Summary of BRANDchild

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BRANDchild book summary

Editorial Rating

9

Recommendation

This is an excellent book about marketing to children. Based on extensive research into the attitudes, perceptions, emotions and preferences of children around the world, it tells you in no uncertain terms how to target one of the biggest and most influential consumer populations on earth. Children between the ages of 8 and 14, dubbed "tweens" ("tweenagers") by the authors, are a curious group. They are also a lonely, insecure group with an engaging mix of naivete and sophistication. Devilishly hard to capture, they are a rich economic prize, controlling an enormous amount of money of their own, and strongly influencing their families' purchases, even of major appliances. This book shows you what matters to these kids and what false notes to avoid if you want to tap into their buying power. getAbstract acknowledges that some readers may be uncomfortable with such tactics as setting up a web site that pretends to belong to a friendly child in order to attract kids and start buzz about some brand, but the book's reporting is accurate, practical and forward looking, for good or ill.

About the Authors

Branding consultant Martin Lindstrom is the author of Clicks, Bricks and Brands and co-author of Brand Building on the Internet. Patricia B. Seybold is the author of The Consumer Revolution and several other books on consumer affairs.

Summary

Tweens

The brand research firm Milward Brown assigned 500 researchers, interviewers and psychologists to the task of analyzing children in eight countries. They spent a year on the project and compiled an enormous amount of information about how children in the 8 to 14 age group think about, feel about and react to brands. The children in the study group were ethnically and culturally diverse; some came from rich developed countries and some came from poorer, underdeveloped countries. It is remarkable how much they had in common.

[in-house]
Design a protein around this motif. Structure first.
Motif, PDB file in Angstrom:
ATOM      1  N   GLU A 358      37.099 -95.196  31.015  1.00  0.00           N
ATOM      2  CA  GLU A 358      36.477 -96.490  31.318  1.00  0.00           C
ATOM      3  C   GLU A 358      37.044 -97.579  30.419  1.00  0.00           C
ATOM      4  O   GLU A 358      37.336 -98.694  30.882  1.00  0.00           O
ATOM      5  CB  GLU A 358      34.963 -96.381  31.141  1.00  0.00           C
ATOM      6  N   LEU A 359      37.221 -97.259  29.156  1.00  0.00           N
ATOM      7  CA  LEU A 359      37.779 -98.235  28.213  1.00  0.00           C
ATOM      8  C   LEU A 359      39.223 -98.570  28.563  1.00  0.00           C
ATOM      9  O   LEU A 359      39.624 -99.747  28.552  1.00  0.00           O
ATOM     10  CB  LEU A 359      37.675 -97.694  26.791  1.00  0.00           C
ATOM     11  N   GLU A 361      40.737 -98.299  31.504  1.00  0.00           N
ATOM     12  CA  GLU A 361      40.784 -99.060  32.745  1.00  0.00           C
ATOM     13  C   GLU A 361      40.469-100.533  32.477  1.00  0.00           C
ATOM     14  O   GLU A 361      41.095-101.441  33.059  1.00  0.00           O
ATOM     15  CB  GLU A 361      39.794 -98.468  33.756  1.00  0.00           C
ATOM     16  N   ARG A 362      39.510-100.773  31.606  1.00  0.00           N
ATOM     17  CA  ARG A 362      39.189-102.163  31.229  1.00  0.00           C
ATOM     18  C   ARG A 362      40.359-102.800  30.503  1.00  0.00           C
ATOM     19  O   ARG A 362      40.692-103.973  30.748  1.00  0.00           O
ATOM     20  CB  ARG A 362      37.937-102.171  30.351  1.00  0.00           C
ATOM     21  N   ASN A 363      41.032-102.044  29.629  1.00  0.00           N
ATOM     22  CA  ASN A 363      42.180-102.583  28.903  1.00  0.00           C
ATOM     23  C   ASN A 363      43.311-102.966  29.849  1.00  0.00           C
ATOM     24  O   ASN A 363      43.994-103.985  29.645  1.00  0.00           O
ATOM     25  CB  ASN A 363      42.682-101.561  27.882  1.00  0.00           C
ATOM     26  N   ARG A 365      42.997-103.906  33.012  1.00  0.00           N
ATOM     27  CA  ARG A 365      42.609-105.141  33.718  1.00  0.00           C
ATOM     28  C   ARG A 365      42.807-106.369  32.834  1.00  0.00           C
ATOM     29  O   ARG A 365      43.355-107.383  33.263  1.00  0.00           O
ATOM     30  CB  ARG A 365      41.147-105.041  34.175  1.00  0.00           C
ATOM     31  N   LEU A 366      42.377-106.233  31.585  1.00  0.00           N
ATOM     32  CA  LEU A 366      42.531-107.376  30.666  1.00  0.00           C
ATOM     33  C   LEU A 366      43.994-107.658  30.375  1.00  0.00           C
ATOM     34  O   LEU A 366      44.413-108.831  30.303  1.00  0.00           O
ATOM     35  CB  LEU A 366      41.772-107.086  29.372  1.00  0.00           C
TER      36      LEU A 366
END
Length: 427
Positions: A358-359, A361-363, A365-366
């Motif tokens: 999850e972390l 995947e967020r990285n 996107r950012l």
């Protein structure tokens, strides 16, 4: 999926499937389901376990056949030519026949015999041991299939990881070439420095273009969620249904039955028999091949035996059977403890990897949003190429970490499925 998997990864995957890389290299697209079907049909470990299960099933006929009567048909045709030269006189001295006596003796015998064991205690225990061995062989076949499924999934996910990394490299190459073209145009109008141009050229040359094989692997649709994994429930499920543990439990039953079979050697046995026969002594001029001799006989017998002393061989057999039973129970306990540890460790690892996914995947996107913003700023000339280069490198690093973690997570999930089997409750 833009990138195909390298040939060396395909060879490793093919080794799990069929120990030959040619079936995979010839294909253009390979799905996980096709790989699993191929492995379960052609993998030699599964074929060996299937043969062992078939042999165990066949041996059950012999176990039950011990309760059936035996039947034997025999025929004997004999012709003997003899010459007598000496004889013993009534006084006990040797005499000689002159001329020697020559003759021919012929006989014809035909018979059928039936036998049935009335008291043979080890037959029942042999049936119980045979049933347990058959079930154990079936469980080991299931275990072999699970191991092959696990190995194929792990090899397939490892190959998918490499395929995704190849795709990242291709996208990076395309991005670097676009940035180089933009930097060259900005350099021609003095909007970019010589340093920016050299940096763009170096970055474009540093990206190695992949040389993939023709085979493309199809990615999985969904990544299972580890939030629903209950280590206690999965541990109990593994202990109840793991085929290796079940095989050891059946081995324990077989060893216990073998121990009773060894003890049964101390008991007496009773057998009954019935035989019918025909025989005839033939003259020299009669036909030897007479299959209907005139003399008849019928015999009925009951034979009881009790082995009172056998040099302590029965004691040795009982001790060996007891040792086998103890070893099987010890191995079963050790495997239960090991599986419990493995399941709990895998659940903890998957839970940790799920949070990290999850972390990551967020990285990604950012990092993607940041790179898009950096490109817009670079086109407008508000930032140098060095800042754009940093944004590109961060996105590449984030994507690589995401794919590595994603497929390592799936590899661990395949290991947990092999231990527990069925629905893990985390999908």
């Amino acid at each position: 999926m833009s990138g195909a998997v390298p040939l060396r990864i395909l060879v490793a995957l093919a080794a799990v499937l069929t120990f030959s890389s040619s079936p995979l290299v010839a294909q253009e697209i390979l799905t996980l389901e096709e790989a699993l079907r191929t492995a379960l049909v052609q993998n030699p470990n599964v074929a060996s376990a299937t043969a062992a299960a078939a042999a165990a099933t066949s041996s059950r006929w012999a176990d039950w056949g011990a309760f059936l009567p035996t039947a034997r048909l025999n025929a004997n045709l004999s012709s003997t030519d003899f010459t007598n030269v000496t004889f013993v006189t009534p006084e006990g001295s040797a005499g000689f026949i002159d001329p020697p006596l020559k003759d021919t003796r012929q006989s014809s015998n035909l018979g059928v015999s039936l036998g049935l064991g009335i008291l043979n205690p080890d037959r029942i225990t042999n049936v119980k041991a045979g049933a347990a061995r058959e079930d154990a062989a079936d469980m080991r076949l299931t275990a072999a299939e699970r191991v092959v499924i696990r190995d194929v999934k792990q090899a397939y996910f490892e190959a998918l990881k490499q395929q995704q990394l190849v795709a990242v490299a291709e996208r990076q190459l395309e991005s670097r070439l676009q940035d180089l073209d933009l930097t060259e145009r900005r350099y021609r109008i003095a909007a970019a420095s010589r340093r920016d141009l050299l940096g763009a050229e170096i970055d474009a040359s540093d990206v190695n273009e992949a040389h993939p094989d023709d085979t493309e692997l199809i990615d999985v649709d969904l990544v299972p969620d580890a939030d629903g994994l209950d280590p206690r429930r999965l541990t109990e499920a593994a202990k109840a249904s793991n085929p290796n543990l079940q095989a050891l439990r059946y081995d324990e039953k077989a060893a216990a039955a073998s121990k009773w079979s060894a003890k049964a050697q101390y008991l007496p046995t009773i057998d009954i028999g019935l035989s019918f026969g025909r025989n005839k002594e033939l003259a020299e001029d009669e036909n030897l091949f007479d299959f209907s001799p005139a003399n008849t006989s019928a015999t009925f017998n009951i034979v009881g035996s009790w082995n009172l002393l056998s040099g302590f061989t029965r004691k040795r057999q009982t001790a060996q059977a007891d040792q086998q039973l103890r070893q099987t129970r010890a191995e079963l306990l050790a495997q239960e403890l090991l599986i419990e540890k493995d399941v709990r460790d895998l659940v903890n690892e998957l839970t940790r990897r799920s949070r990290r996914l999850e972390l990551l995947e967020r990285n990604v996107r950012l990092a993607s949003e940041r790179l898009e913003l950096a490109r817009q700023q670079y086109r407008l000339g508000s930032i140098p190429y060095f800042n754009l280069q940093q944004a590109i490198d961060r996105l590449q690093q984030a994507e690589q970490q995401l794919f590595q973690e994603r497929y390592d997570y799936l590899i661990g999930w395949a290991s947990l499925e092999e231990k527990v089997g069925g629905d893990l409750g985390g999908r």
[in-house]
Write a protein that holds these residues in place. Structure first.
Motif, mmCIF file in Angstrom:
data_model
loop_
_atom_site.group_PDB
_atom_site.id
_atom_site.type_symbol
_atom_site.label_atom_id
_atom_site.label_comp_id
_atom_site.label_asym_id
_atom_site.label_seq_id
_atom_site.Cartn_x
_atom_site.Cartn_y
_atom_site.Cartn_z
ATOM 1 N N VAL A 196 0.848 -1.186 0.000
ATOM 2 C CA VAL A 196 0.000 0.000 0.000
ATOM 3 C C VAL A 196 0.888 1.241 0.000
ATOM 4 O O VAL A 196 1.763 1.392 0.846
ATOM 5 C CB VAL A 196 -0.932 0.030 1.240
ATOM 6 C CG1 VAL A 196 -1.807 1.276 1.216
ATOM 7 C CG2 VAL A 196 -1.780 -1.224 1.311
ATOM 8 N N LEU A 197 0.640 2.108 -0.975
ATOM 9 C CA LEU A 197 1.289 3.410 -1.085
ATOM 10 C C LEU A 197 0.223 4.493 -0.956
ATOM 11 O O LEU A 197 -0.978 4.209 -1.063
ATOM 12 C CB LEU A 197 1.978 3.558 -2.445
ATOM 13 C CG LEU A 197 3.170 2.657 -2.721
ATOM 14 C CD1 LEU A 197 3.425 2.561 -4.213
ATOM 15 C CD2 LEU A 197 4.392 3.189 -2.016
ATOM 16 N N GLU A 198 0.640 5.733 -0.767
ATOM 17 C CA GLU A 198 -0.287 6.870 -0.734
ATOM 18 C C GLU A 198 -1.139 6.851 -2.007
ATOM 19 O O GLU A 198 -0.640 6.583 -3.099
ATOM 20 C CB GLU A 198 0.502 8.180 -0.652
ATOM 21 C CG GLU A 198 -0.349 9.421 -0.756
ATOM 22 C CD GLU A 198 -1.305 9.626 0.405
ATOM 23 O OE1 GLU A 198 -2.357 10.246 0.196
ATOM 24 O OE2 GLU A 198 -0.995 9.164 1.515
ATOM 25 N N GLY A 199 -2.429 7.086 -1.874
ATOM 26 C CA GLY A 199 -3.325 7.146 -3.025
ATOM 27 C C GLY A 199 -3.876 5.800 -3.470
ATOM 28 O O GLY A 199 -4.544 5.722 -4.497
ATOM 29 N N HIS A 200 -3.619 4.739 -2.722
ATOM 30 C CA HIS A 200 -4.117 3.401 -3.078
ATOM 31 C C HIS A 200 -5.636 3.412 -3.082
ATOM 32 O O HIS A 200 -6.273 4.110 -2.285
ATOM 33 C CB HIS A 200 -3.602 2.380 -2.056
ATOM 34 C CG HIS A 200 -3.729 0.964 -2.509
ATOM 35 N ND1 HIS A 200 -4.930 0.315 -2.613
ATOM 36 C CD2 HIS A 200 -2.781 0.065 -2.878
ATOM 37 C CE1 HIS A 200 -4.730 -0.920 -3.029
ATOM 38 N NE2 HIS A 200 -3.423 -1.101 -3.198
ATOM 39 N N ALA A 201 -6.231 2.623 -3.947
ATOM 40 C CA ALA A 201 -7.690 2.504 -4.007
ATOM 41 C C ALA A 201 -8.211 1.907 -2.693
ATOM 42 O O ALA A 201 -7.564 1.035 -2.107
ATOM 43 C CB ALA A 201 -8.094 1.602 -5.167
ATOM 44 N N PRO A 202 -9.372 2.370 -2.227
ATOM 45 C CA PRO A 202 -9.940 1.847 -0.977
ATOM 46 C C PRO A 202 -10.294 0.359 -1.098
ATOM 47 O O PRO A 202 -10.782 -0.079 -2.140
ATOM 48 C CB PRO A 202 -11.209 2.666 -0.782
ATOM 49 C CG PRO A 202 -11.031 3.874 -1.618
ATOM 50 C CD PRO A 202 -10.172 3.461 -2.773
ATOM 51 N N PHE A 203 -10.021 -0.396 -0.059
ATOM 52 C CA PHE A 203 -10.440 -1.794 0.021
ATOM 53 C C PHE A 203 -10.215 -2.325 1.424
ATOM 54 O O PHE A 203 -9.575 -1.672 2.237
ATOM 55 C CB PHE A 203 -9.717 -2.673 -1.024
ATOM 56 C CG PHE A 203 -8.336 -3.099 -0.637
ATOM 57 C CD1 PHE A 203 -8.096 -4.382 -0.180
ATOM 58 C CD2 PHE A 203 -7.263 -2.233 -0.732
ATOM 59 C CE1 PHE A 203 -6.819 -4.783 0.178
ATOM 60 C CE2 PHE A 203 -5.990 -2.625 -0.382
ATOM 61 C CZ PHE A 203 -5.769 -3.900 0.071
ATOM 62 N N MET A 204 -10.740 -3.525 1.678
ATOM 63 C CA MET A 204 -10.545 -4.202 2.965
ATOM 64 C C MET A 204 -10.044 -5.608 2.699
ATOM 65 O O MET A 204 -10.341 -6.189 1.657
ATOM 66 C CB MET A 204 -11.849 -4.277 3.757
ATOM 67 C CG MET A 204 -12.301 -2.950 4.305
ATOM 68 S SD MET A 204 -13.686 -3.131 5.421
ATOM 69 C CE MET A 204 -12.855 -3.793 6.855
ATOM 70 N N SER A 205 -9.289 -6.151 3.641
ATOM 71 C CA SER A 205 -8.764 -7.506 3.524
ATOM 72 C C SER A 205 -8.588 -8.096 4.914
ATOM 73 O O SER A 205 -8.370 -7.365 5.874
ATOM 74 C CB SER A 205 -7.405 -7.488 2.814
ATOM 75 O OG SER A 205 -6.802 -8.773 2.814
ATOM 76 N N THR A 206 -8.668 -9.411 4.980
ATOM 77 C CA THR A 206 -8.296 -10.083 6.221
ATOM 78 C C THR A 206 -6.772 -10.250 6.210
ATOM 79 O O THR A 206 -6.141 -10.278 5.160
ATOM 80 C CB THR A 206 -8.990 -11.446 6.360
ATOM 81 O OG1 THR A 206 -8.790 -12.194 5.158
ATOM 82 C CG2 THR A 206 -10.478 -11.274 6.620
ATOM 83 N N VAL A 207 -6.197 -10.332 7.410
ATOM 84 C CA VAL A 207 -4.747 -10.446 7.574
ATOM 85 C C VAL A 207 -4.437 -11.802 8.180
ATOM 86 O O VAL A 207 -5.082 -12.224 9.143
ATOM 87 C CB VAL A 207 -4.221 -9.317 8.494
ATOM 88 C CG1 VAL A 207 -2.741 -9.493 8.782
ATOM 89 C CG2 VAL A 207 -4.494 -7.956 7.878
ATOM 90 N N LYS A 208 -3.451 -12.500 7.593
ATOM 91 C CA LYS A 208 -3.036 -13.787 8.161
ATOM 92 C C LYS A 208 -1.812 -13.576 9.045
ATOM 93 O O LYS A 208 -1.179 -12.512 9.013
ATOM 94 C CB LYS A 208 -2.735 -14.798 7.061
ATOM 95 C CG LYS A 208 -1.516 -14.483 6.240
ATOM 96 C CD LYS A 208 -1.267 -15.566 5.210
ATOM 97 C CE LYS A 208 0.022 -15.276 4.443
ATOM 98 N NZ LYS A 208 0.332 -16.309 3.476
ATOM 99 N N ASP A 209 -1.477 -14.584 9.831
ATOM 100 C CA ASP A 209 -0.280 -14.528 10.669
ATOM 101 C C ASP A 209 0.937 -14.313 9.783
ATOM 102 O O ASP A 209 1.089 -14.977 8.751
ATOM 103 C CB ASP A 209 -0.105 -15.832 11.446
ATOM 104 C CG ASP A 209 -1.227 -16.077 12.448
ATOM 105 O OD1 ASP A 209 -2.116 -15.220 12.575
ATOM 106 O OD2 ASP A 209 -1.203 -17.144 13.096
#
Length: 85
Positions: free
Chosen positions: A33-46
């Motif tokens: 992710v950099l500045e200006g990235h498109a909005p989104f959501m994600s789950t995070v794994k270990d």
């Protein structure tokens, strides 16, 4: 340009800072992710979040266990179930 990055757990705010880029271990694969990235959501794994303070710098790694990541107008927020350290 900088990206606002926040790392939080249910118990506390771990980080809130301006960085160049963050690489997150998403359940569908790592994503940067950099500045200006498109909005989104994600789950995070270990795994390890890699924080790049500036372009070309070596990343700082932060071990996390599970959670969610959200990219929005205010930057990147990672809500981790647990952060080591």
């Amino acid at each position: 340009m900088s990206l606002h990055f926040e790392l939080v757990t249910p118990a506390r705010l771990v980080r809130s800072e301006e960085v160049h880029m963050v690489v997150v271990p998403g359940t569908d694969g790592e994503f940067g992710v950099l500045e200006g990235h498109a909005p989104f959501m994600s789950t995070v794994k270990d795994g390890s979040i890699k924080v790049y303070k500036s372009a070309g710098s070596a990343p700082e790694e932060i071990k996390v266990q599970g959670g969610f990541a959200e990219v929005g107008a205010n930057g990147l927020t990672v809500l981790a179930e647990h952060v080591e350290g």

These children, dubbed "tweens," are a global population. They watch the same television shows, listen to the same popular music and use the same digital technology to build similar personal web pages. Fads and fashions seem to spread among them instantly without regard to distance, culture or nationality.

The tweens have enormous buying power and economic savvy. Even their childish games, such as DragonBallZ, have a trading component. In the United States, 8% of the tween population owns stocks, and a fifth of tweens have their own checking accounts. The overwhelming majority has or wants a credit card. But tweens don't just spend their...


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